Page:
"Both sides are terrified of the other side," Colbert said. "... How did our politics get so poisonous? I think it's because we overdosed, especially this year. We drank too much of the poison."
Rep. John Lewis — civil rights leader, gun legislation sit-in organizer, graphic novelist ... crowd surfer.
"Sometimes you have to find a way to get into trouble — good trouble, necessary trouble," Lewis said on a recent segment of The Late Show with Stephen Colbert shortly before diving off the stage, at Colbert's encouragement.
As "America's foremost Catholic," Stephen Colbert feels uniquely positioned to "broker a peace" between the two. He laid out his rationale on his late show.
“Mr. Trump, Mr. Pope (I believe that’s his formal name) is it possible that you’re fighting because you have so much in common?" said Colbert.
“Are you challenging me to a Catholic throwdown?”
Thus commenced Stephen Colbert and Patricia Heaton’s Catholic-off on the Jan. 18 episode of the Late Show. The famously Catholic TV host wanted to give his guest a fighting chance though. So, he produced a family photo of Heaton’s family with approximately enough people to fill a village.
That’s the amount of progress leading Black Lives Matter activist DeRay Mckesson agreed Stephen Colbert made toward overturning his white privilege when the two sat down on Martin Luther King Day to discuss racism.
The interview got personal when Colbert switched seats with DeRay, letting the activist ask the questions. Colbert’s responses are clearly well-meaning, but also genuinely awkward. White privilege is tough for white people, even (perhaps especially) for renowned television hosts.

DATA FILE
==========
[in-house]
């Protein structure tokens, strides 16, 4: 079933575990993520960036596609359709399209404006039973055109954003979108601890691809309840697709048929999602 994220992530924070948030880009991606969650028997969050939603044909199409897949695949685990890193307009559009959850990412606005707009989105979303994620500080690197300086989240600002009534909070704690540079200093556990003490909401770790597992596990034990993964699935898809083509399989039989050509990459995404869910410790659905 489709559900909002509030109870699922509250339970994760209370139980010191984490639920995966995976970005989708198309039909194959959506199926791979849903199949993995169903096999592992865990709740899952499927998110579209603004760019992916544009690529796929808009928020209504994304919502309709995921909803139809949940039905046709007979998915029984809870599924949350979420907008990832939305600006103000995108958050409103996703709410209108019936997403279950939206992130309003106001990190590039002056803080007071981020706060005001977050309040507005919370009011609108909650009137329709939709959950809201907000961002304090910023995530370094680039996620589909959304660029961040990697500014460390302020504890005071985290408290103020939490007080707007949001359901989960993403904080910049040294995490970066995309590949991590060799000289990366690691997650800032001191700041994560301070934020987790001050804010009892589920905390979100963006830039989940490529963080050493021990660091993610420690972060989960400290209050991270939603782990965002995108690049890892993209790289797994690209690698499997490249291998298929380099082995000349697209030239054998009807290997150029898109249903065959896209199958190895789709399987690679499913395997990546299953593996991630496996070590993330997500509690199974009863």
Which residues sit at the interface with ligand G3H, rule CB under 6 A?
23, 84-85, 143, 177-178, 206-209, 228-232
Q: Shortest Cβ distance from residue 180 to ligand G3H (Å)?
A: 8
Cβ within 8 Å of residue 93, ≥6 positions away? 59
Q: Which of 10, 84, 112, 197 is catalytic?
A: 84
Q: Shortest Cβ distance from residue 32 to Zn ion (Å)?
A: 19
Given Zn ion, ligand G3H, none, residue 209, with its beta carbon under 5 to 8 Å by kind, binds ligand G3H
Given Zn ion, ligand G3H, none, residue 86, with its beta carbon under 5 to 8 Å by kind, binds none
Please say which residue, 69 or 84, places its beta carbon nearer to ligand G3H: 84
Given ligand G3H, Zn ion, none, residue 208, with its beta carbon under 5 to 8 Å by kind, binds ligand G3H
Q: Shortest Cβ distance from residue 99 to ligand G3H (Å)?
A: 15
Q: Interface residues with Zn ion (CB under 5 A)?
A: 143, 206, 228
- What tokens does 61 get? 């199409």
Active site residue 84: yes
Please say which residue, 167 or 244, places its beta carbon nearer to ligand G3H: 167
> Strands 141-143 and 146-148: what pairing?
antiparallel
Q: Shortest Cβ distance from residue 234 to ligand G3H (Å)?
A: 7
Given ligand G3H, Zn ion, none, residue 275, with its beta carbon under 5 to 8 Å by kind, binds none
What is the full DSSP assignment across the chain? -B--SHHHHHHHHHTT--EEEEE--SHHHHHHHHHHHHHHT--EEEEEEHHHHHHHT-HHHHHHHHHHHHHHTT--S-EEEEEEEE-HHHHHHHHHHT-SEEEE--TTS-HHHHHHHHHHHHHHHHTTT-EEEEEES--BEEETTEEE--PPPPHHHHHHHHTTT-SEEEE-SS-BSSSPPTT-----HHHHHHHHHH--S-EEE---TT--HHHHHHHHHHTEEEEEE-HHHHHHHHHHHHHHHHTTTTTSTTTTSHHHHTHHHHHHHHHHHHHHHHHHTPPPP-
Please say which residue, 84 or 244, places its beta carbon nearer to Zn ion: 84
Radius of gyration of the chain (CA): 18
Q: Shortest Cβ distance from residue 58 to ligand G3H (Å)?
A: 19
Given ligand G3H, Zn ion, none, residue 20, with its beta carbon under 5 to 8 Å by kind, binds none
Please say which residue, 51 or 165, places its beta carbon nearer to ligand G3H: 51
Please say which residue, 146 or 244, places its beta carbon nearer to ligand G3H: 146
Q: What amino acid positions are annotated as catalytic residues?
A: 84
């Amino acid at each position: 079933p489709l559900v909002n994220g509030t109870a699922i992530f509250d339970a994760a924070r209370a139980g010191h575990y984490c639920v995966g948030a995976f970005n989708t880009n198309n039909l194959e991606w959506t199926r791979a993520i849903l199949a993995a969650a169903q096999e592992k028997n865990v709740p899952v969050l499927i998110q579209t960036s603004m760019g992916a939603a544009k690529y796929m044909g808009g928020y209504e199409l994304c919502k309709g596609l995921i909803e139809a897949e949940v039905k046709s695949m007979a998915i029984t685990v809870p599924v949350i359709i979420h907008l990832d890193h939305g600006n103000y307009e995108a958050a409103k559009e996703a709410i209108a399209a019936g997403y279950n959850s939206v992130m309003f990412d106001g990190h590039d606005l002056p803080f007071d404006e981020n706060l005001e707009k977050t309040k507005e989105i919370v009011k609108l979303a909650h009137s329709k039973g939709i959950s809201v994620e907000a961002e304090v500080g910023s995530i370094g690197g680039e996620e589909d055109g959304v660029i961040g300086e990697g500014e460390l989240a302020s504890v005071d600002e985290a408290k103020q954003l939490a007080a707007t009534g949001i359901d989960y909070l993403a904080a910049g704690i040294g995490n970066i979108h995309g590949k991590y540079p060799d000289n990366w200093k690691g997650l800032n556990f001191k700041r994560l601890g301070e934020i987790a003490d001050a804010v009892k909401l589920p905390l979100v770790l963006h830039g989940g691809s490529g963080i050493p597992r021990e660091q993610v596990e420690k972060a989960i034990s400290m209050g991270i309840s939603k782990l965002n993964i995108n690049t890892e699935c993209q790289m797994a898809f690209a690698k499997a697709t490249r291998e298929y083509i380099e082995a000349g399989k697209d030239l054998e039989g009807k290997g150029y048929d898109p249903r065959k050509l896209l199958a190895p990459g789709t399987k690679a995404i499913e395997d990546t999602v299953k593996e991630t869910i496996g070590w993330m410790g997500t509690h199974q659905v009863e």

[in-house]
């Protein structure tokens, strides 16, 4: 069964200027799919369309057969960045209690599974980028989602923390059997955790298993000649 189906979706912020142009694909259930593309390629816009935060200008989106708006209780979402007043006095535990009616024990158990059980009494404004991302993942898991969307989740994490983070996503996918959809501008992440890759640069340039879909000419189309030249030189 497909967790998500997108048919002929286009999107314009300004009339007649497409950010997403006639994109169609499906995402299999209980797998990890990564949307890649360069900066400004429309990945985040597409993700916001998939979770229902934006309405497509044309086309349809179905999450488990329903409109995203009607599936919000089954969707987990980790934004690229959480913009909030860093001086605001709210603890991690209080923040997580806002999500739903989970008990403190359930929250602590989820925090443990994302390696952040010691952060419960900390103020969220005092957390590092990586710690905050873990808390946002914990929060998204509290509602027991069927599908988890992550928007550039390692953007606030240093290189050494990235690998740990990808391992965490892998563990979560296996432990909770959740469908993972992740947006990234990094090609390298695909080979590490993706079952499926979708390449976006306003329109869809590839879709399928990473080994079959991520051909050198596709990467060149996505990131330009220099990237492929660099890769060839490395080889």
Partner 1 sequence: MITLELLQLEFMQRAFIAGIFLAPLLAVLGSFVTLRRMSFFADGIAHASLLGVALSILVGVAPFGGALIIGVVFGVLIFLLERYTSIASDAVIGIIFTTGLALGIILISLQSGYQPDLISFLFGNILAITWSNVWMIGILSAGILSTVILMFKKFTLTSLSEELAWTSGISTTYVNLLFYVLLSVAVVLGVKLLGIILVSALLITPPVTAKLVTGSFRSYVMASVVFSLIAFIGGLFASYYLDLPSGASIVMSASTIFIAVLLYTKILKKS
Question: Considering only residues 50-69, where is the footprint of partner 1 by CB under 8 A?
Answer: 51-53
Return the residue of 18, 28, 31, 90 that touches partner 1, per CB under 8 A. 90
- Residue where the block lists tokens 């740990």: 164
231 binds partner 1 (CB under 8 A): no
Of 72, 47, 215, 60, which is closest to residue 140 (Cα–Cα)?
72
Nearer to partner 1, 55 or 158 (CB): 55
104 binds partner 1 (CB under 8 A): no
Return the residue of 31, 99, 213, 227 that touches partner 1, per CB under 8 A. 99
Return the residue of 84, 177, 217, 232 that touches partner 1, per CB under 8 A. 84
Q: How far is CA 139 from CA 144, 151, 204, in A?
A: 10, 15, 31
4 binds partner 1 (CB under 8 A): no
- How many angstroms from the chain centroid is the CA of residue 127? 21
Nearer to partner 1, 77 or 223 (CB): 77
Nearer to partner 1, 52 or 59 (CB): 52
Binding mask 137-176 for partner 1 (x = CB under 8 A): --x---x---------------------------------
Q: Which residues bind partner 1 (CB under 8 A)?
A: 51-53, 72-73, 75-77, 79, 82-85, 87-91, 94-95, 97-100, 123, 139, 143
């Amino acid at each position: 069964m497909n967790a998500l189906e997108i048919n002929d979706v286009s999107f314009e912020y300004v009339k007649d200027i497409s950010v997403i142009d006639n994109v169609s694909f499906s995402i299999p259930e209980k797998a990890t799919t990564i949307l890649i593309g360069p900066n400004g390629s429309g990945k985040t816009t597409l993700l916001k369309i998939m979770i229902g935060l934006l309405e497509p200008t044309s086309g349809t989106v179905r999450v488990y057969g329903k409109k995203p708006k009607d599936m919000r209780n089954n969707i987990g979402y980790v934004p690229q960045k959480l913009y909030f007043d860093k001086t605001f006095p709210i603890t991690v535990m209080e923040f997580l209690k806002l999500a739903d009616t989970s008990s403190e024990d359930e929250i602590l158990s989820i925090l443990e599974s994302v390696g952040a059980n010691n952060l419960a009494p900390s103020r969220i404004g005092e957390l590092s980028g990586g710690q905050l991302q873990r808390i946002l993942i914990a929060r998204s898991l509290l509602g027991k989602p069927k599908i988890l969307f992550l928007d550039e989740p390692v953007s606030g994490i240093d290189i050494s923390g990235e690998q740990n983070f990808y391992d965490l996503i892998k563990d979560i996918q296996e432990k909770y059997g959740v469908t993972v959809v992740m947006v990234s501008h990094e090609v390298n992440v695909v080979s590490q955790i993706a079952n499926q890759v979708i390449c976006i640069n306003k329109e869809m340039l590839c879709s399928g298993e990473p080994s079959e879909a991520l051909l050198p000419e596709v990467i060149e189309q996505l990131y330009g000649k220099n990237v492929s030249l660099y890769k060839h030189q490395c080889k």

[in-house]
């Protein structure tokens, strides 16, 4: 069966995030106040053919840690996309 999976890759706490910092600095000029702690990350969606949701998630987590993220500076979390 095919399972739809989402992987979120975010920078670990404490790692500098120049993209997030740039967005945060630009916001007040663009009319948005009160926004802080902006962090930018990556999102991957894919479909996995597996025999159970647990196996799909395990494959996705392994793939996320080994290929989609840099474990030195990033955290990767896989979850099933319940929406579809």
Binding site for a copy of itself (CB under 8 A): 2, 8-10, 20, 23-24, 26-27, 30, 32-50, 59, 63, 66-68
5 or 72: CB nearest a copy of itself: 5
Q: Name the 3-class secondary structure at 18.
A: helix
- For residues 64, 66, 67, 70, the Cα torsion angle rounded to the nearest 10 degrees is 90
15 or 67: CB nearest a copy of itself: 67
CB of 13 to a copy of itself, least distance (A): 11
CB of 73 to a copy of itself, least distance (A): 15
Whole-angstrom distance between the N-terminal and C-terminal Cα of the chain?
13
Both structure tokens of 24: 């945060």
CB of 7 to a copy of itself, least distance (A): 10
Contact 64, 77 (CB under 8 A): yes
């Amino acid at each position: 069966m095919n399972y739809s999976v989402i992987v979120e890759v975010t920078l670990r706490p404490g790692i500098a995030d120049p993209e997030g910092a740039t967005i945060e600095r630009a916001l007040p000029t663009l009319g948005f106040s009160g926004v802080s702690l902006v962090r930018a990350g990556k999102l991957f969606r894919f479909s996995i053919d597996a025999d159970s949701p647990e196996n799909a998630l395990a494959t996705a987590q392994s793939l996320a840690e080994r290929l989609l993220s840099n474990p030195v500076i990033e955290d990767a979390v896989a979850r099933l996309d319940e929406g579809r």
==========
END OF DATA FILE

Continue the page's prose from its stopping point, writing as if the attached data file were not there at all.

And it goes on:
After the mass shooting in San Bernardino, politicians and others who offered up “thoughts and prayers” came under criticism for not being interested in a solution to gun violence.
But on The Late Show on Dec. 7, Stephen Colbert argued that thoughts and prayers are still important.
“I’d like to defend thoughts and prayers, as someone who occasionally thinks and prays,” he said.
The GOP leadership really doesn’t want refugees to come to the United States. And Stephen Colbert has a few things to say about that.
Republican leaders in Congress approved a bill Nov. 19 requiring “our nation’s top security officials” to certify that each refugee poses no threat, despite the United States’ already stringent immigration guidelines. Under the guise of “security,” the bill practically functions to severely restrict the number of Syrian refugees able to enter the United States.
Bill Maher is known for his often vitriolic rhetoric against religion, especially Islam. But the comedian was actually raised Catholic. When Maher stopped by the Late Show to chat with Stephen Colbert, America’s most famous Catholic invited him to give Catholicism another try.
Their conversation was clearly tongue-in-cheek, but you can certainly feel some tension.
“I’m no particular exemplar of my faith,” says Stephen Colbert.
“I just happen to have affection for my church.”
Colbert’s latest interview with Toronto-based Catholic outlet Salt and Light is bursting at the seams with wisdom — and, of course, more than a few good laughs.
The new host of the Late Show sat down with Father Thomas Corsica for a 45-minute conversation, one which centered on the Catholic comedian’s reflections on faith and theology.
While the celebrity comedian’s great love for the Catholic Church is well documented, Stephen Colbert has always pushed the boundaries of his faith.
In his latest interview with Salt and Light, Colbert shared a powerful story about the importance of female priests.
In a sneak peek at an upcoming interview, Stephen Colbert discusses his faith with surprising frankness.
The new host of Late Night sat down with Father Thomas Rosica, media attaché to the Holy See Press Office and CEO of Salt and Light Television.